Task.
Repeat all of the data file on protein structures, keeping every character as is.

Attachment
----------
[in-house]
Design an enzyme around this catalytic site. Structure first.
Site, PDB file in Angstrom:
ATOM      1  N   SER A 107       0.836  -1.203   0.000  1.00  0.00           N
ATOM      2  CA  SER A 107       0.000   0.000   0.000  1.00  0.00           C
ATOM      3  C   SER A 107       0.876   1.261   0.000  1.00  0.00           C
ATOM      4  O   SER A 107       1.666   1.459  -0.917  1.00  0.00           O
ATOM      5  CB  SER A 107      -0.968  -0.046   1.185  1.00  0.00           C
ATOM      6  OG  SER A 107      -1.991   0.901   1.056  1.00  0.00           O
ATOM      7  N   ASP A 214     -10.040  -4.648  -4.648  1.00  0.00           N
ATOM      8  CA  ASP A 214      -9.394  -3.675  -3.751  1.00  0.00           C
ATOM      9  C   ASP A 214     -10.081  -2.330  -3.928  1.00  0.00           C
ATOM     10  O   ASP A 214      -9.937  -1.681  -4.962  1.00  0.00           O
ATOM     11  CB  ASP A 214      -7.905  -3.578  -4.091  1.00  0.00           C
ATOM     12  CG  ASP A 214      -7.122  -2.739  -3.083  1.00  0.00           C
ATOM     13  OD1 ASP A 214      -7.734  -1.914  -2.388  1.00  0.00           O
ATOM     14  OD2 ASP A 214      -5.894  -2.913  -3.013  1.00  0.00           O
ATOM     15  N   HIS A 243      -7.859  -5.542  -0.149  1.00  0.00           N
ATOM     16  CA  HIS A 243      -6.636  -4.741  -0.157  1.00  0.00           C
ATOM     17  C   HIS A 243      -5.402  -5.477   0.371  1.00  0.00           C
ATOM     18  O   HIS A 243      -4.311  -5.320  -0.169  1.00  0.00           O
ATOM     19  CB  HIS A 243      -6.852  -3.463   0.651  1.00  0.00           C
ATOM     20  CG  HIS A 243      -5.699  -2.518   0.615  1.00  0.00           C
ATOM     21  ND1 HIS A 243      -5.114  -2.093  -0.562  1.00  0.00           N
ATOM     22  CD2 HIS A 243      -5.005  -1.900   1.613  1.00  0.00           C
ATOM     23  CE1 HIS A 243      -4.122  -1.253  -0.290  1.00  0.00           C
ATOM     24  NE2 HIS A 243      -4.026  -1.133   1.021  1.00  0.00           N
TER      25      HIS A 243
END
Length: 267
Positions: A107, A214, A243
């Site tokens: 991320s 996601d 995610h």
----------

[in-house]
Design an enzyme around this catalytic site. Structure first.
Site, PDB file in Angstrom:
ATOM      1  N   SER A 107       0.836  -1.203   0.000  1.00  0.00           N
ATOM      2  CA  SER A 107       0.000   0.000   0.000  1.00  0.00           C
ATOM      3  C   SER A 107       0.876   1.261   0.000  1.00  0.00           C
ATOM      4  O   SER A 107       1.666   1.459  -0.917  1.00  0.00           O
ATOM      5  CB  SER A 107      -0.968  -0.046   1.185  1.00  0.00           C
ATOM      6  OG  SER A 107      -1.991   0.901   1.056  1.00  0.00           O
ATOM      7  N   ASP A 214     -10.040  -4.648  -4.648  1.00  0.00           N
ATOM      8  CA  ASP A 214      -9.394  -3.675  -3.751  1.00  0.00           C
ATOM      9  C   ASP A 214     -10.081  -2.330  -3.928  1.00  0.00           C
ATOM     10  O   ASP A 214      -9.937  -1.681  -4.962  1.00  0.00           O
ATOM     11  CB  ASP A 214      -7.905  -3.578  -4.091  1.00  0.00           C
ATOM     12  CG  ASP A 214      -7.122  -2.739  -3.083  1.00  0.00           C
ATOM     13  OD1 ASP A 214      -7.734  -1.914  -2.388  1.00  0.00           O
ATOM     14  OD2 ASP A 214      -5.894  -2.913  -3.013  1.00  0.00           O
ATOM     15  N   HIS A 243      -7.859  -5.542  -0.149  1.00  0.00           N
ATOM     16  CA  HIS A 243      -6.636  -4.741  -0.157  1.00  0.00           C
ATOM     17  C   HIS A 243      -5.402  -5.477   0.371  1.00  0.00           C
ATOM     18  O   HIS A 243      -4.311  -5.320  -0.169  1.00  0.00           O
ATOM     19  CB  HIS A 243      -6.852  -3.463   0.651  1.00  0.00           C
ATOM     20  CG  HIS A 243      -5.699  -2.518   0.615  1.00  0.00           C
ATOM     21  ND1 HIS A 243      -5.114  -2.093  -0.562  1.00  0.00           N
ATOM     22  CD2 HIS A 243      -5.005  -1.900   1.613  1.00  0.00           C
ATOM     23  CE1 HIS A 243      -4.122  -1.253  -0.290  1.00  0.00           C
ATOM     24  NE2 HIS A 243      -4.026  -1.133   1.021  1.00  0.00           N
TER      25      HIS A 243
END
Length: 267
Positions: A107, A214, A243
């Site tokens: 991320s 996601d 995610h």